from Buddhist practice, encountered while reading Karen Armstrong's Twelve Steps to a Compassionate Life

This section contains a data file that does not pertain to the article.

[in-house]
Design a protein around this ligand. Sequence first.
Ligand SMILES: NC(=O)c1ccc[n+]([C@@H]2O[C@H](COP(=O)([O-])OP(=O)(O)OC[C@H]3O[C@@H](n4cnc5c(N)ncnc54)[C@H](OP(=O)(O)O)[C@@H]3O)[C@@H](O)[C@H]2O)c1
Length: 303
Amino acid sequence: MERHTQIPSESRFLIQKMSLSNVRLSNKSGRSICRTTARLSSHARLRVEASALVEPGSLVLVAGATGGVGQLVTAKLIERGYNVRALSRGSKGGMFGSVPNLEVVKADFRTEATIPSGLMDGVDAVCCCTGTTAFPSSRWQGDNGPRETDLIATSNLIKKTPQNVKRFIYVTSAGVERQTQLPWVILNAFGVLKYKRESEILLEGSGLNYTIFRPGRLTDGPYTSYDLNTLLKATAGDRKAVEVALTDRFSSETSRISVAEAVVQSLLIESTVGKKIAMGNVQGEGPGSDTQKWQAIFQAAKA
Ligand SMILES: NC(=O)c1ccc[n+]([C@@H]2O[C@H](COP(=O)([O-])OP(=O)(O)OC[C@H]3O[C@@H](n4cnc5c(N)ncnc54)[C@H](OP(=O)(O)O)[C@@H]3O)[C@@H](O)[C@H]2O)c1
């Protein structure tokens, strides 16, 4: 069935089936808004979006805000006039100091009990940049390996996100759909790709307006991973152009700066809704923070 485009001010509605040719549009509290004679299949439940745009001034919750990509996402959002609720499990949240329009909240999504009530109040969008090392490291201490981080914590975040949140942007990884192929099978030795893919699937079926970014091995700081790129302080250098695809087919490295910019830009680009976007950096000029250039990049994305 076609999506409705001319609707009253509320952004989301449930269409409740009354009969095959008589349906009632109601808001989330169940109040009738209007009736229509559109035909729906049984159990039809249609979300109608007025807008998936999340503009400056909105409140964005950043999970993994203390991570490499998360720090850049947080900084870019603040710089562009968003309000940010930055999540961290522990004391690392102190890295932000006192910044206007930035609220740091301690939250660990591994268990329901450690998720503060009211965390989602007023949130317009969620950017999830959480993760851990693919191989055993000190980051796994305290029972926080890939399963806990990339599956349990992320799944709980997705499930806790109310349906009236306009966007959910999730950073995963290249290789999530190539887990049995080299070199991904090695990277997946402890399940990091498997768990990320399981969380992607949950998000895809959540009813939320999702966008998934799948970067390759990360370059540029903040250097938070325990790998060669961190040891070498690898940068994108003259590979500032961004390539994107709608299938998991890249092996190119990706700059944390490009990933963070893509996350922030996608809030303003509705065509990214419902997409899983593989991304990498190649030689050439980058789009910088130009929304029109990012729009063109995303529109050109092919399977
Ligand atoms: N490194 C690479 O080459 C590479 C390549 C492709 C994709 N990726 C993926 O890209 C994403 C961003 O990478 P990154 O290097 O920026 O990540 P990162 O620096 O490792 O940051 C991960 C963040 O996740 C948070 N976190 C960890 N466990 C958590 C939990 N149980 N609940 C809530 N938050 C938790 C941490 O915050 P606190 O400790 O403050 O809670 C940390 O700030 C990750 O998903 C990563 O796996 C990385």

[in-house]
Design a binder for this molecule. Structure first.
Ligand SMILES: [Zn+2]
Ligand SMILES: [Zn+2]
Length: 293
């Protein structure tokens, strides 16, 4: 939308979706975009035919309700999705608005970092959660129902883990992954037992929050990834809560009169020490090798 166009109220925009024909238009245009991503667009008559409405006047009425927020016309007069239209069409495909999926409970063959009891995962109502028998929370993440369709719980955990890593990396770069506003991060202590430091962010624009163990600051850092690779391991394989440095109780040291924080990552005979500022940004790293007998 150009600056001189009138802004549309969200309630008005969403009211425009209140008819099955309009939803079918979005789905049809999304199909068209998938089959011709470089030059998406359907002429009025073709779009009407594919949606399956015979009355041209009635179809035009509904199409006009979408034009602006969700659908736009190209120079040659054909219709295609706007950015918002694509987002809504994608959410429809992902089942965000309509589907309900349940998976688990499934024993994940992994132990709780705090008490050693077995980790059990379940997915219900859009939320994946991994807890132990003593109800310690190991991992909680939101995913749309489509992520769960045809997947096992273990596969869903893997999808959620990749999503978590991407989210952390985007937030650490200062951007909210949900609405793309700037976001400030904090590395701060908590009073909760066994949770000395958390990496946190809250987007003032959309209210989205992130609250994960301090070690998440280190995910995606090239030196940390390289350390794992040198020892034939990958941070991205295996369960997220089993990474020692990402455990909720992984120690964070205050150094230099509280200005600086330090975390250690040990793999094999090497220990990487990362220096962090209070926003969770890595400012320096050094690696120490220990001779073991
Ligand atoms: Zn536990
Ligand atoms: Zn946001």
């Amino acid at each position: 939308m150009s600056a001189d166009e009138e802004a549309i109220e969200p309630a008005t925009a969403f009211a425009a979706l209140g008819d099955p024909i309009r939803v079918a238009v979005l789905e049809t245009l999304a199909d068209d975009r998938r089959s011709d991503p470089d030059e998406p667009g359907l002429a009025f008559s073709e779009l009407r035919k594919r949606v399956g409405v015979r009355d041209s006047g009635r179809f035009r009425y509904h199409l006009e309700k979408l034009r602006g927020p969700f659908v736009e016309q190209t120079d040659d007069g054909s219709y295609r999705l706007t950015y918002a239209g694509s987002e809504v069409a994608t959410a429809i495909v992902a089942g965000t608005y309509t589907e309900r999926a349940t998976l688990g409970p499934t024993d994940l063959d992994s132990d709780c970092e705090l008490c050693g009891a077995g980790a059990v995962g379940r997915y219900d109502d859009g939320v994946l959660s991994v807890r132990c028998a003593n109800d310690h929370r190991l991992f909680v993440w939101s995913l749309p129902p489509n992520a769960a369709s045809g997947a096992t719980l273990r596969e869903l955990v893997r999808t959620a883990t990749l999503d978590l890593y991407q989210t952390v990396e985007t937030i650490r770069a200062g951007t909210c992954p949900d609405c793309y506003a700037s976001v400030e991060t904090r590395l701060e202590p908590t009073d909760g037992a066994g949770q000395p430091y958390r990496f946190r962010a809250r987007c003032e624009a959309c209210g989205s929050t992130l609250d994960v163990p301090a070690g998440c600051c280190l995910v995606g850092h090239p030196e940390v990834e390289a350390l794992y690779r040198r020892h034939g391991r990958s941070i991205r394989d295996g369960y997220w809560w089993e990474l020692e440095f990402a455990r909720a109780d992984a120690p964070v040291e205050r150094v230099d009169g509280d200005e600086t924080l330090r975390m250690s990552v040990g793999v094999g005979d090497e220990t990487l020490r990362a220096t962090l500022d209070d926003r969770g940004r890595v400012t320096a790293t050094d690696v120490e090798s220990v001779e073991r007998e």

It will help you to appreciate how dependent you are on people you have never met and who may live far away. As you walk around your home, bring to mind all the people who built it, treated its timbers, baked its bricks, installed the plumbing, and wove your linens. When you get up in the morning, remember those planted, picked, and spun the cotton of your sheets and who collected, treated, and exported the beans you grind for your morning coffee. You enjoy their products, so you have a responsibility for them, especially if they were working in poor conditions. Who baked the bread you toast for breakfast? Become aware of the labor that went into the production of each slice. As you set off to work, reflect on the thousands of workers and engineers who build and maintain the roads, cars, railroads, planes, trains, and underground transport on which you rely. Continue this exercise throughout the day. We should also make ourselves aware that our cultural, ethical, religious, and intellectual traditions have all been profoundly affected by other peoples'. We think of them as ours, but they may in the past have been deeply influenced by the ancestors of those we now regard as enemies. We are what we are because of the hard work, insights, and achievements of countless others.Peace.